Journal of Paleolimnology

, Volume 61, Issue 2, pp 185–200 | Cite as

Reorganization of aquatic communities from low-nutrient lakes in northwestern New Brunswick, Canada

  • Margaux Daly
  • Joshua KurekEmail author
  • Irene Gregory-Eaves
  • Alain Patoine
Original paper


Sparse monitoring of New Brunswick (Canada) lakes creates challenges for understanding mechanisms of deteriorating water quality, such as recent instances of increased cyanobacterial biomass in low-nutrient systems. To assess long-term environmental change experienced by low-nutrient, dimictic New Brunswick lakes we use sedimentary remains of algal pigments and Cladocera in dated cores from impact (prone to late-summer algal blooms, Lac Unique) and reference (no observed algal blooms, First and States) lakes. Overall, all three lakes now exhibit greater bosminid abundance and fewer daphniids, lower Cladocera richness, and smaller average cladoceran body size, although some lake-specific differences in assemblage response exist that cannot be related solely to top-down or bottom-up forces. Zooplankton trends are most pronounced at Lac Unique and First Lake, where algal production is generally greater. Across all three lakes, the only significant (IndVal: p < 0.05) cladoceran bioindicator of the post-1990 period is the pelagic bosminid group, whereas prior to ~ 1990, Daphnia longispina-complex and several littoral taxa were significant (IndVal: p < 0.05) bioindicators. These temporal shifts suggest that the smaller-bodied bosminid group may now be favored over its larger-bodied pelagic competitor Daphnia sp. in these lakes, irrespective of heterogeneous long-term algal patterns inferred from stable sedimentary pigments. We suggest that the indirect effects of climate change, principally during the spring and summer quarters in New Brunswick, may be associated with marked shifts in limnological structure, as evidenced by changes in dominant zooplankton of the pelagic zone. However, further research is needed to rule out whether or not size-selective predation, and its potential interactions with climate change and other stressors, are key mechanisms favoring increased bosminids in low-nutrient, dimictic lakes.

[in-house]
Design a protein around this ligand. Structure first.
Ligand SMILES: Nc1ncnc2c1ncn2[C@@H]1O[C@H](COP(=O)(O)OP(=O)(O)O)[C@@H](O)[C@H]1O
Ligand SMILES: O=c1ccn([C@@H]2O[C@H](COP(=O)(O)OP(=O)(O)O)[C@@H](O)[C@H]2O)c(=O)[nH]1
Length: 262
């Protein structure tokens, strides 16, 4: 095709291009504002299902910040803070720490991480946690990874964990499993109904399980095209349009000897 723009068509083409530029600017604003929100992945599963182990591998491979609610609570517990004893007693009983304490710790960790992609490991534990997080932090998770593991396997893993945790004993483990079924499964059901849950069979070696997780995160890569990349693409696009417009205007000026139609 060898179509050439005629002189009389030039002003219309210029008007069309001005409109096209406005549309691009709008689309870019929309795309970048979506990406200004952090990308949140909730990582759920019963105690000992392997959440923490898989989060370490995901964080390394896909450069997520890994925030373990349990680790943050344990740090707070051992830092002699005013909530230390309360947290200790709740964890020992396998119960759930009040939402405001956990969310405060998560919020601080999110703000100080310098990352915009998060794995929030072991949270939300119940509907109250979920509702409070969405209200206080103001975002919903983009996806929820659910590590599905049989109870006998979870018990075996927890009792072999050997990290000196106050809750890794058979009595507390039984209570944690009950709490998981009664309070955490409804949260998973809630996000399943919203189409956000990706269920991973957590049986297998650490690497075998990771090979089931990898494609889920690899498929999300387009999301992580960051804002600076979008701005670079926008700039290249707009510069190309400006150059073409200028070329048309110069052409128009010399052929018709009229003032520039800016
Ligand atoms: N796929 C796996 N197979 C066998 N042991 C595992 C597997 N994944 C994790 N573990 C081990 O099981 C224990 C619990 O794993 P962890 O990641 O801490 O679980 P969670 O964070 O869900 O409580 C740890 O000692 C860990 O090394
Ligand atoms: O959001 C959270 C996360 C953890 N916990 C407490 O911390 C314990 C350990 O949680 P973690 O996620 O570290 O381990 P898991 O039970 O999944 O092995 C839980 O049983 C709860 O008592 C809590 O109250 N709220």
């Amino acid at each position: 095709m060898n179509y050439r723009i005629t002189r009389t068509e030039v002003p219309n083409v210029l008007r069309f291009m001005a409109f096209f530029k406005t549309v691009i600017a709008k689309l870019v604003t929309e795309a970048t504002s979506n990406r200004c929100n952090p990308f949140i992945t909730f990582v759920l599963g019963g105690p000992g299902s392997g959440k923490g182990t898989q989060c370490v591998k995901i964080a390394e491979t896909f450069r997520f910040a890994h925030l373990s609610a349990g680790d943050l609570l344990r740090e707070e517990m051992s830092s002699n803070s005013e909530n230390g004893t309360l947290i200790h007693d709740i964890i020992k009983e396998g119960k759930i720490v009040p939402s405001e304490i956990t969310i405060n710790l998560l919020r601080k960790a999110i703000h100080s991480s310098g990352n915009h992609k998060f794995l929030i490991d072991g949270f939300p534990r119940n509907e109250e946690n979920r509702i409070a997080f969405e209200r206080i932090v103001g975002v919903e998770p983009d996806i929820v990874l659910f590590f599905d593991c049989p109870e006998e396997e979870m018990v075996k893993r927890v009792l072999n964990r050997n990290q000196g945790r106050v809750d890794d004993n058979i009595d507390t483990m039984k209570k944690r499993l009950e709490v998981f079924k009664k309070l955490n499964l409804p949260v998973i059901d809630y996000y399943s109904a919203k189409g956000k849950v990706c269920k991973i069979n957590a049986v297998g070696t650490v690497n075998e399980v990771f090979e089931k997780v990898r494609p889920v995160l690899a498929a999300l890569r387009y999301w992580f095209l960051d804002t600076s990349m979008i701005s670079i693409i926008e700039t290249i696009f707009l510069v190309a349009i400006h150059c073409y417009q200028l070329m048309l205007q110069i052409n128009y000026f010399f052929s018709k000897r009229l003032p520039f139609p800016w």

Zooplankton Algal pigments Climate change Bosmina Daphnia 



Funding for this research was provided by a 2015–2016 New Brunswick Environmental Trust Fund (NB ETF) Grant and a 2015 Natural Sciences and Engineering Research Council of Canada (NSERC) Discovery Grant to JK. MD was supported by an Independent Student Research Grant (ISRG) from Mount Allison University. IGE acknowledges generous support from the Canada Research Chairs program. We also thank Paul MacKeigan for field and lab assistance, Leanne Elchyshyn for processing pigment samples and Allen Curry for data sharing and study site suggestions. Two reviewers and Andrew Labaj provided helpful comments that improved this article.


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Copyright information

© Springer Nature B.V. 2018

Authors and Affiliations

  • Margaux Daly
    • 1
  • Joshua Kurek
    • 1
    Email author
  • Irene Gregory-Eaves
    • 2
  • Alain Patoine
    • 3
  1. 1.Department of Geography and EnvironmentMount Allison UniversitySackvilleCanada
  2. 2.Department of BiologyMcGill UniversityMontrealCanada
  3. 3.Université de MonctonShippiganCanada

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